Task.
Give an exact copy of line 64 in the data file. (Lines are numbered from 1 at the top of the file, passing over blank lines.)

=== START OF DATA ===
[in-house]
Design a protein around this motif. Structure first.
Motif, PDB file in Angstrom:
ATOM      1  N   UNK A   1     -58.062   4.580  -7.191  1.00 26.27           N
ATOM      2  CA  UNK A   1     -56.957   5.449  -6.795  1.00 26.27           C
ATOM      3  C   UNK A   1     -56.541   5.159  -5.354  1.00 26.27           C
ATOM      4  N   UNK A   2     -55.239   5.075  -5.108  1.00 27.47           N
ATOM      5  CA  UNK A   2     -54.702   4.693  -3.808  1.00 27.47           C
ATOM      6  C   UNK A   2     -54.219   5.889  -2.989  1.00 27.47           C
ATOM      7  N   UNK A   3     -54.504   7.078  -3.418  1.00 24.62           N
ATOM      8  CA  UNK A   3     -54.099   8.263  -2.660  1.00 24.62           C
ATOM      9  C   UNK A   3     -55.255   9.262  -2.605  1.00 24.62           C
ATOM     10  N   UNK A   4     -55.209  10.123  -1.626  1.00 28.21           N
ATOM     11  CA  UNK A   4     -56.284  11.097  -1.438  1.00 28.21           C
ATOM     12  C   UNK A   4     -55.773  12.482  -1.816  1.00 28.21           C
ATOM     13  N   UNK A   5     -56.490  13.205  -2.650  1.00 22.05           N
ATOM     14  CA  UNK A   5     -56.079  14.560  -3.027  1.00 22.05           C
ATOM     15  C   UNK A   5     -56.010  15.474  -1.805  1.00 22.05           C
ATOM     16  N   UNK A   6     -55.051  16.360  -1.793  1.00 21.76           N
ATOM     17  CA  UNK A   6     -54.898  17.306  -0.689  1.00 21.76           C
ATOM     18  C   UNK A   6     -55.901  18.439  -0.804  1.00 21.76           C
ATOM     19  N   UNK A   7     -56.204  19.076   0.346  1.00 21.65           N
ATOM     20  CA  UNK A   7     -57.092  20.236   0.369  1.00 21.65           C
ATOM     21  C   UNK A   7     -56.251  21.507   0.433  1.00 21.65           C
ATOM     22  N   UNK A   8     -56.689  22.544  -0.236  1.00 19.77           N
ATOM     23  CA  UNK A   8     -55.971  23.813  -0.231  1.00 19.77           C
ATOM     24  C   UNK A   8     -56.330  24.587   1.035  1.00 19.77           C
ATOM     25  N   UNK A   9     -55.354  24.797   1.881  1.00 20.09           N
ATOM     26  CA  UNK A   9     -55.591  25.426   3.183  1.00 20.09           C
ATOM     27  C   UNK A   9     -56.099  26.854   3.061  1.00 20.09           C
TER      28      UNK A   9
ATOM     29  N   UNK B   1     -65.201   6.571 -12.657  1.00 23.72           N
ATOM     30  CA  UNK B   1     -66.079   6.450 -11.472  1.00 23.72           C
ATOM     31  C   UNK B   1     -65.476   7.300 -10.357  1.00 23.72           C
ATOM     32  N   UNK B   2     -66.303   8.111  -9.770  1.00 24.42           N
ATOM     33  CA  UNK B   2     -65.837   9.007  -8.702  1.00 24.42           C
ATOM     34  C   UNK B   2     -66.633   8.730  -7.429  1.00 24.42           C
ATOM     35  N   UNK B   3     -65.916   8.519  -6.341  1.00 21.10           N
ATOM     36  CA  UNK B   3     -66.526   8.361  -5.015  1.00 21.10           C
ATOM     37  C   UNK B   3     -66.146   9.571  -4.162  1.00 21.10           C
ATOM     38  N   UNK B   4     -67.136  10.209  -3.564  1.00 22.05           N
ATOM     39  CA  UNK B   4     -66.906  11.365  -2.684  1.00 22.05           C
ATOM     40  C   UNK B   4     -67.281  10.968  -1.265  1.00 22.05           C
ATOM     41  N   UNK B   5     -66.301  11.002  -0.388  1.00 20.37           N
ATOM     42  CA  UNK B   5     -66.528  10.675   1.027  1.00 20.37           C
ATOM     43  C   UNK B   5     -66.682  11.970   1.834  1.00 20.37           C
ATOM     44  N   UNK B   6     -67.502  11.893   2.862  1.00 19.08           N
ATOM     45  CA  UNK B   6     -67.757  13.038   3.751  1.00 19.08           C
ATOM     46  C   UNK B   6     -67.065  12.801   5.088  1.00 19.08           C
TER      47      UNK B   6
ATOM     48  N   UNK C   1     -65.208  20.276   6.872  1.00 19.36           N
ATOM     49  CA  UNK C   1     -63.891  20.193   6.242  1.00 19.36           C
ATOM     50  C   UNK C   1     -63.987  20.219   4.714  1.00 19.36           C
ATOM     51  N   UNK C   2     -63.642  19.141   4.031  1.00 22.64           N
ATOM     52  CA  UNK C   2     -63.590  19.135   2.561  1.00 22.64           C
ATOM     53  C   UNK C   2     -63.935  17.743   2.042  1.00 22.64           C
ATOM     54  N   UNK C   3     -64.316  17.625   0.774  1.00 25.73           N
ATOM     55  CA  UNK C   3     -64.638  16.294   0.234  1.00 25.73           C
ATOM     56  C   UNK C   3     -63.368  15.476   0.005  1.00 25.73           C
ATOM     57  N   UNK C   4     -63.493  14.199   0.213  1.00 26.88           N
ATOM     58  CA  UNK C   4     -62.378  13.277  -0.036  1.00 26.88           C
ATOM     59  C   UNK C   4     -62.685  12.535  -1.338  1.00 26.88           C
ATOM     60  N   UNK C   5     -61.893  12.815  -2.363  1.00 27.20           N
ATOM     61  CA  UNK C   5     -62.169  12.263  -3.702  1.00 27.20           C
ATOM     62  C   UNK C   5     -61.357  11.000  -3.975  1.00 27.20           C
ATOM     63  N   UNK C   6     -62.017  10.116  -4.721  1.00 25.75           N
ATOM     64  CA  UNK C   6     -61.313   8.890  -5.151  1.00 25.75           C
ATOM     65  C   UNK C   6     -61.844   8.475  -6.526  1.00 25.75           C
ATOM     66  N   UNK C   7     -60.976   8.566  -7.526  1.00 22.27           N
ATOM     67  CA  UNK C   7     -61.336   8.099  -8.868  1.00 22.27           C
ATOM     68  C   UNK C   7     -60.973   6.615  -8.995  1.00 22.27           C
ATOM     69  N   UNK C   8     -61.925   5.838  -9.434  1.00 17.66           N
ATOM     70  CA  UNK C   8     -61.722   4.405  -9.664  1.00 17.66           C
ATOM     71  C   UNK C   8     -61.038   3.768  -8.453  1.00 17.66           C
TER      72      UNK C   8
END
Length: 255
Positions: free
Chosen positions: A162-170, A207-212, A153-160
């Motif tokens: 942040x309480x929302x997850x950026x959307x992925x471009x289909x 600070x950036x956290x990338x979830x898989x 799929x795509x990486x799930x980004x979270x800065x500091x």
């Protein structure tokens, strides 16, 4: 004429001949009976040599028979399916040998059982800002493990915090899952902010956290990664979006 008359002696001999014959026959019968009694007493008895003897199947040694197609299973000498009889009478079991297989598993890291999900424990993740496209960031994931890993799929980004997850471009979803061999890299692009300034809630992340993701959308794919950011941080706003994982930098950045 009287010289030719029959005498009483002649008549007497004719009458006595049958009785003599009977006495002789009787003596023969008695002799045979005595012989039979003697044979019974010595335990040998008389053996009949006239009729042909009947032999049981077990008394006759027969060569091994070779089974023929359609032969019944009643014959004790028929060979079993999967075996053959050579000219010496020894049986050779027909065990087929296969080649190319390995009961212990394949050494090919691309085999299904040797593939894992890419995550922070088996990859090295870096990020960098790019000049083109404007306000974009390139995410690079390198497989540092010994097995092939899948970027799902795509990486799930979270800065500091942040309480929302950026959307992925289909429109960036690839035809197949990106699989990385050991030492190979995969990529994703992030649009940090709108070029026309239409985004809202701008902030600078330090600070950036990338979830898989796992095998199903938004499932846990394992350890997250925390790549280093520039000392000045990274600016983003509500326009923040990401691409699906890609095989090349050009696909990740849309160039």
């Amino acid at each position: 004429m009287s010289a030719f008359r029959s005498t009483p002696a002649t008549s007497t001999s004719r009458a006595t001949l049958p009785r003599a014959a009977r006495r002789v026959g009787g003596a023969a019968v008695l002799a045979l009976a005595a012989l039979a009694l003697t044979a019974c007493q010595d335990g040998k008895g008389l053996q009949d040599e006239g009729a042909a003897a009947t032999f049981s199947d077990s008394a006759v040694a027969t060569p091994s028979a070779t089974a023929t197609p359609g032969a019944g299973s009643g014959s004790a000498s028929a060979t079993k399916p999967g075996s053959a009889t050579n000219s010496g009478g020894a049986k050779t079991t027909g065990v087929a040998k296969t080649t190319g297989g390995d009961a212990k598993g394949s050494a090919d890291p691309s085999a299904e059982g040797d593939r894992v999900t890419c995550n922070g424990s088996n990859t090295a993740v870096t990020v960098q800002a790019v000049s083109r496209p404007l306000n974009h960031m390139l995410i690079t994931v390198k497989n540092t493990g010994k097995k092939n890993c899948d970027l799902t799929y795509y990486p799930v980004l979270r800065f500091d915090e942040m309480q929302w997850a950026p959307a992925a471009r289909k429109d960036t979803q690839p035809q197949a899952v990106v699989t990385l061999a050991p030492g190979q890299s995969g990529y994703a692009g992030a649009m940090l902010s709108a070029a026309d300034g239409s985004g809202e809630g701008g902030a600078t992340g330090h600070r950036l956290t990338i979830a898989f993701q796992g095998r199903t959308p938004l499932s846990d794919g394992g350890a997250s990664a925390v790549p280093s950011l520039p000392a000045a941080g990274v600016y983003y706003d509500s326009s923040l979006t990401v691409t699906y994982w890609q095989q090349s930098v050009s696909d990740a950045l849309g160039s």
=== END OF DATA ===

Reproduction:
ATOM     61  CA  UNK C   5     -62.169  12.263  -3.702  1.00 27.20           C